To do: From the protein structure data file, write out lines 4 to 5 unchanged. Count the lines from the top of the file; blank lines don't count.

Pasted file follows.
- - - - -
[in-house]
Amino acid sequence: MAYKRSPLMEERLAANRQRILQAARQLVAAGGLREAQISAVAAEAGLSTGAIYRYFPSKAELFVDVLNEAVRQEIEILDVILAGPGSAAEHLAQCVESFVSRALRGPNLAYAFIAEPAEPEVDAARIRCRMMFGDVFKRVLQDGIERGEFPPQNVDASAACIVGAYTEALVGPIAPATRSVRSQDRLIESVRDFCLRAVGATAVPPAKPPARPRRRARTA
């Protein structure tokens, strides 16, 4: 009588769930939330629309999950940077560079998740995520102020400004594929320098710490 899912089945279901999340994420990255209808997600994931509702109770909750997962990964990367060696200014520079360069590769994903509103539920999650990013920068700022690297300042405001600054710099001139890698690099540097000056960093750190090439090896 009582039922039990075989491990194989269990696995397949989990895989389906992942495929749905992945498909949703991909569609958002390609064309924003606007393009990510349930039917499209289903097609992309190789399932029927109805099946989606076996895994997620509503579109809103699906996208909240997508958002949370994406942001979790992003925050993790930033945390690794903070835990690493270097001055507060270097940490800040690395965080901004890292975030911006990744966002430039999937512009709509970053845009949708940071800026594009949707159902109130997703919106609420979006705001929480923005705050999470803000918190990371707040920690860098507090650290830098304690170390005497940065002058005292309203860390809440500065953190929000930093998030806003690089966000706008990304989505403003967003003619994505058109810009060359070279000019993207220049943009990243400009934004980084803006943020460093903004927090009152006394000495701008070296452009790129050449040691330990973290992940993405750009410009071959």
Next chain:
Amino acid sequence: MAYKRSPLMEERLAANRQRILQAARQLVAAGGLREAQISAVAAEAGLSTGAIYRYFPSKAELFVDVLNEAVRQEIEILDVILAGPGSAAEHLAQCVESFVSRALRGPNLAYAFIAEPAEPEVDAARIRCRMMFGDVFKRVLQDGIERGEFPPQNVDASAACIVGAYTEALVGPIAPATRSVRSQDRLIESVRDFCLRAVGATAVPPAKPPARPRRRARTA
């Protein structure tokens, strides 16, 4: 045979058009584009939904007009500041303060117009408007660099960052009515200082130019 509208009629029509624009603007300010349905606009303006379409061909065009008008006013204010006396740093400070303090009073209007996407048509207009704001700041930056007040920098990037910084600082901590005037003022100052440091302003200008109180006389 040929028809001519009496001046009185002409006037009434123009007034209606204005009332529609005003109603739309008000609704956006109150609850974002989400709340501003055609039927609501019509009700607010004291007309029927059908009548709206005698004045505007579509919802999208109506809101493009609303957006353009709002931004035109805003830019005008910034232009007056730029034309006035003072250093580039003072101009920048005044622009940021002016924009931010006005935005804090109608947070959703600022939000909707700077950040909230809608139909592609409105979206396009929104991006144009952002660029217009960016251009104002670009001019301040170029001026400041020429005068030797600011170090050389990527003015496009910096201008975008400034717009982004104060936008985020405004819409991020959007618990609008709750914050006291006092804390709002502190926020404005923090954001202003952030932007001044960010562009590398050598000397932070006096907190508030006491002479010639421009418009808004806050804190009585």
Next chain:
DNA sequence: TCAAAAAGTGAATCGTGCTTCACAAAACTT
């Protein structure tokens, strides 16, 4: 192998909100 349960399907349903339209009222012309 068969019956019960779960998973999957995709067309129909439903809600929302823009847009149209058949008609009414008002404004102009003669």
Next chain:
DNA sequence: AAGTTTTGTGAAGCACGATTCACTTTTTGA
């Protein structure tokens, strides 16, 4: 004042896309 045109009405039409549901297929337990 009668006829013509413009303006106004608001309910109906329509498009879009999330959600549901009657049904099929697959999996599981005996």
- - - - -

Next chain:
Amino acid sequence: MAYKRSPLMEERLAANRQRILQAARQLVAAGGLREAQISAVAAEAGLSTGAIYRYFPSKAELFVDVLNEAVRQEIEILDVILAGPGSAAEHLAQCVESFVSRALRGPNLAYAFIAEPAEPEVDAARIRCRMMFGDVFKRVLQDGIERGEFPPQNVDASAACIVGAYTEALVGPIAPATRSVRSQDRLIESVRDFCLRAVGATAVPPAKPPARPRRRARTA